Swinburne Sarawak launches safety and health services

KUCHING: For the wellbeing of its students and staff, Swinburne University of Technology Sarawak Campus recently launched frameworks that look into safety and health issues.

The Safer Community Program was unveiled by Swinburne Sarawak Deputy Vice-Chancellor and CEO Professor Anthony Cahalan.


Cahalan at the launching of the Safer Community Programme at Swinburne Sarawak.

Cahalan at the launching of the Safer Community Programme at Swinburne Sarawak.


Under the programme is the Behavioural Risk Assessment and Management, the centre of enquiry for the university community to seek information, advice, and support in managing inappropriate or threatening behaviour that could compromise the safety of an individual and/or others.

It aims to improve safety by minimising the risk of students harming themselves and/or others; prevent incidents rather than responding to them; provide assessment, management and early intervention of students/staff identified as a potential threat to the safety and wellbeing of the campus community; and facilitate prompt and open communication across the university.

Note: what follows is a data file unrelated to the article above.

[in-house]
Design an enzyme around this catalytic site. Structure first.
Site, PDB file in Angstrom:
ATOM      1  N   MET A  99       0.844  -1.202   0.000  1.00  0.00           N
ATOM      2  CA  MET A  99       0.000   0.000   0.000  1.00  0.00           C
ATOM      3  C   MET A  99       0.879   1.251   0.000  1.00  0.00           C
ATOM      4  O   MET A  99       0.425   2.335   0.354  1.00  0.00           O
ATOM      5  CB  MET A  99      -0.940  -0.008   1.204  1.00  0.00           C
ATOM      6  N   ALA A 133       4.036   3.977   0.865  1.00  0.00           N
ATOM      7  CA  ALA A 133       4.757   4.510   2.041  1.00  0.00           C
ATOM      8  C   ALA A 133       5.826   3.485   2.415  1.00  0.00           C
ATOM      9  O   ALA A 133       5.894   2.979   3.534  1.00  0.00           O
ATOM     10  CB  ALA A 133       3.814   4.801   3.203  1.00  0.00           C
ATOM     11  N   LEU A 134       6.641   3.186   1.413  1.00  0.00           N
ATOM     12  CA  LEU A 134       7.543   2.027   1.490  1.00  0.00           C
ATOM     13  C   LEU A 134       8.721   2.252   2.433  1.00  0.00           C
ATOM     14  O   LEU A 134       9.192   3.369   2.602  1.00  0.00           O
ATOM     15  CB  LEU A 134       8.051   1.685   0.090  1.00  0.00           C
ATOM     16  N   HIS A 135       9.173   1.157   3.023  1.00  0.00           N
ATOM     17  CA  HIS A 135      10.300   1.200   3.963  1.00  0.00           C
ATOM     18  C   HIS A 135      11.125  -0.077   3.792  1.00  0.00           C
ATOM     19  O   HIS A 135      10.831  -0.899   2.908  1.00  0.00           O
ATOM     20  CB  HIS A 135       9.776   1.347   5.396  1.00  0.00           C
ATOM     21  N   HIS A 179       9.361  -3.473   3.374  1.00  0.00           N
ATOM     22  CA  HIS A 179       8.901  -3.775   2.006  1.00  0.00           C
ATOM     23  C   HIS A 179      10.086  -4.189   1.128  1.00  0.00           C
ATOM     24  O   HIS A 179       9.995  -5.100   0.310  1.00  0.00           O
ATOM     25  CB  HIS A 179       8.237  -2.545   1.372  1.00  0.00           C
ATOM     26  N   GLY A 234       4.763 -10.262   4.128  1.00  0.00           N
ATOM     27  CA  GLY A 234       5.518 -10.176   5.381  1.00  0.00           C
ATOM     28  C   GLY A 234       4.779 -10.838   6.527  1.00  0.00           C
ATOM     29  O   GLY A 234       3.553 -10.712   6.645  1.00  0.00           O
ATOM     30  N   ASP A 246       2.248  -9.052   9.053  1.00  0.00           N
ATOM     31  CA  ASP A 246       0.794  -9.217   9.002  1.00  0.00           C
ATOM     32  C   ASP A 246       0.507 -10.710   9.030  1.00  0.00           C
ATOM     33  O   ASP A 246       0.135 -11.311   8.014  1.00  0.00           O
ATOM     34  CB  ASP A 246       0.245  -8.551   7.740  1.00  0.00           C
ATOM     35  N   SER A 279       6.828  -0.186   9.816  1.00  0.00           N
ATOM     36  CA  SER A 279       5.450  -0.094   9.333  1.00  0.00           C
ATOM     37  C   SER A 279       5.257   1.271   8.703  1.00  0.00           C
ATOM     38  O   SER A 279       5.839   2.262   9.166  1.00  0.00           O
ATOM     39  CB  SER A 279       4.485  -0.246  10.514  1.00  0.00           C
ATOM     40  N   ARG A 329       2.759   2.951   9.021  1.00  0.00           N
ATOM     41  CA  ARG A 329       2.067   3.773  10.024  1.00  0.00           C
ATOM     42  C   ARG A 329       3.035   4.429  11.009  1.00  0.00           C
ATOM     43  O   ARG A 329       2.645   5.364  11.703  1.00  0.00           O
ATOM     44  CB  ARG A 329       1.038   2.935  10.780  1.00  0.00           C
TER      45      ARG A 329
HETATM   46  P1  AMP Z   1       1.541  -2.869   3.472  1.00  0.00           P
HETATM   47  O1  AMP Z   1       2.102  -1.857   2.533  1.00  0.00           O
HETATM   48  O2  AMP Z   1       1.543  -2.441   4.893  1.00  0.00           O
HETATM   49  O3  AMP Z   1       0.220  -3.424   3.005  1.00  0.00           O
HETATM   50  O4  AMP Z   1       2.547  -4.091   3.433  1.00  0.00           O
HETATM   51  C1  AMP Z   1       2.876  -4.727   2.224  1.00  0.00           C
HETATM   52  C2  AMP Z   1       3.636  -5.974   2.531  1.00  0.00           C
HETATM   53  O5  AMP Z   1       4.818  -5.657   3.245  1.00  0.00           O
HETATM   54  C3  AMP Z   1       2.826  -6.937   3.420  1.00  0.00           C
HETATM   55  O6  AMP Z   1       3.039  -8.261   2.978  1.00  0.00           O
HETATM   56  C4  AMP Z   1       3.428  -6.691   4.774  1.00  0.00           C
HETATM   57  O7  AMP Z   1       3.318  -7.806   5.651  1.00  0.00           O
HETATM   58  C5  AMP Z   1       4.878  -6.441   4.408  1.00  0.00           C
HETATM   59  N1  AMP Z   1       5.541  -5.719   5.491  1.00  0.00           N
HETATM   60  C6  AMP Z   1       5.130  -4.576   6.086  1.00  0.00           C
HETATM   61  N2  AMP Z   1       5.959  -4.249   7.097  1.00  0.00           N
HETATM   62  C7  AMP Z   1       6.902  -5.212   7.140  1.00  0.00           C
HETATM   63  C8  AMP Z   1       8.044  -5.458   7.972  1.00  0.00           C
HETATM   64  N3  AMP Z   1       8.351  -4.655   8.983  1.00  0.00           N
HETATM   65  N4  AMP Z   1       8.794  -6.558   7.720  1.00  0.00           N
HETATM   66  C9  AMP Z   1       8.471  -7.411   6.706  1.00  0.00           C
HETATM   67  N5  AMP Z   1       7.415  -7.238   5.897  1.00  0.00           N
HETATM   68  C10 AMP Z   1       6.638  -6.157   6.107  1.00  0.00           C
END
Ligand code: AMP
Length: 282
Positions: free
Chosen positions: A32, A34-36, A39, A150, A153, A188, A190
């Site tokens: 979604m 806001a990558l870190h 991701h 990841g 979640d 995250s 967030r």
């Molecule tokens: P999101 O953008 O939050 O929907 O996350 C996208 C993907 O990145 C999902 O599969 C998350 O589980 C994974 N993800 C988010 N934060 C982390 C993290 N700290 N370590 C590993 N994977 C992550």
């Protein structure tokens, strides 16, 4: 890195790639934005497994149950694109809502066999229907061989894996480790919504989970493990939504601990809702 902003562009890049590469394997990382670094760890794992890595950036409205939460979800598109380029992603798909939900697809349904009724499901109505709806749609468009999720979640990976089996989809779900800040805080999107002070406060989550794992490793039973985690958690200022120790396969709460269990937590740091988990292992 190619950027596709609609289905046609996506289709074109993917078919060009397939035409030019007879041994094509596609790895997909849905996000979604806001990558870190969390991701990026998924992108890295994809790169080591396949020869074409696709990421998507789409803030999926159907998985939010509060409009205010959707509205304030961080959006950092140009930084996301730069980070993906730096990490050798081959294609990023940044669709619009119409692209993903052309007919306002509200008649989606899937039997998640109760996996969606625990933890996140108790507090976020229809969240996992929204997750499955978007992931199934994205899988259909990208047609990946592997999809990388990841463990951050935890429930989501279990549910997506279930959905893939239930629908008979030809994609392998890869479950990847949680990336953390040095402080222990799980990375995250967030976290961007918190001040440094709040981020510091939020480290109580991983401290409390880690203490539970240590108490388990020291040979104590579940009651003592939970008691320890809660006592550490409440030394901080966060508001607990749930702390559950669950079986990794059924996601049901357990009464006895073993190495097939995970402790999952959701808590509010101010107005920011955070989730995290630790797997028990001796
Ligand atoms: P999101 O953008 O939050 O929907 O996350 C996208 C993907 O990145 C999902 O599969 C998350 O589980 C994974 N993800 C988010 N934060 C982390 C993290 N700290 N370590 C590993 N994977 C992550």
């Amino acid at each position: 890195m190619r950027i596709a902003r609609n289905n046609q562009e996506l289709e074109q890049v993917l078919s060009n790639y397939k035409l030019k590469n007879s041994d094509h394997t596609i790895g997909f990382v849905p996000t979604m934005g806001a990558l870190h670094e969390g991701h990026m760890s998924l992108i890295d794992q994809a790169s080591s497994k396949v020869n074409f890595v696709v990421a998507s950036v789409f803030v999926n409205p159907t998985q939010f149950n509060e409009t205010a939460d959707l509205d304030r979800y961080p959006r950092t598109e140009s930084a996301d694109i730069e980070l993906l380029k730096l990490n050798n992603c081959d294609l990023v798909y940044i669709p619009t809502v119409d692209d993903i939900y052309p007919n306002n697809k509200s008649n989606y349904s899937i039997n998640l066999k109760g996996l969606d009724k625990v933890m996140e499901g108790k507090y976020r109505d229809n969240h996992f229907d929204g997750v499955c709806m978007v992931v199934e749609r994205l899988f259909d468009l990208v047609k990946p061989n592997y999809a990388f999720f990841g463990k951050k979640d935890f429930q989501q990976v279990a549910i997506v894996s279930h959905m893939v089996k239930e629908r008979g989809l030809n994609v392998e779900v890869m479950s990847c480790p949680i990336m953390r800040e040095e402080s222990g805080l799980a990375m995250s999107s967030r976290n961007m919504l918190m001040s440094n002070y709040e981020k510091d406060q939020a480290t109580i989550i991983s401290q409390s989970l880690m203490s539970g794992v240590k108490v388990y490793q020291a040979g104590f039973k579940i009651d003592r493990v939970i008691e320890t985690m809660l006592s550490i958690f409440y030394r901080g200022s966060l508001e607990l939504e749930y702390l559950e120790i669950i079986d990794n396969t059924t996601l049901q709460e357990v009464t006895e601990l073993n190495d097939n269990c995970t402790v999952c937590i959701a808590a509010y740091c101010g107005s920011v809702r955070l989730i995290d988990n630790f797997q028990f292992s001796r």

What will also be put in place is a framework that manages complaints, reviews, appeal and misconduct. Committed to providing a positive educational experience, it welcomes feedback in order to improve the quality of teaching, administrative and support services.

The Safer Community programme encourages the university community to play an active role on safety and health issues. It offers an avenue for voicing their concerns about their safety and wellbeing and that of their peers; personalise support, and referrals for victims of crime, violence, sexual assault, harassment, and bullying; and ways to manage behaviours that are of concern to them.

As part of the programme, a series of campaigns and activities including those on self-defence, mental health, and cyberbullying, will be organised in collaboration with Swinburne’s Occupational Safety and Health team.

The programmes and campaigns will be aligned with those of Swinburne Sarawak’s home campus in Melbourne, Australia.

During the launching of the Safer Community Program at the university’s multipurpose hall, whistles which are to be used as a call for help, were given out to both staff and students.

Staff and students pledged to do their part to keep the Swinburne community safe by thumb-printing on the Tree Of Life painting to mark the launch of the Safer Community programme.

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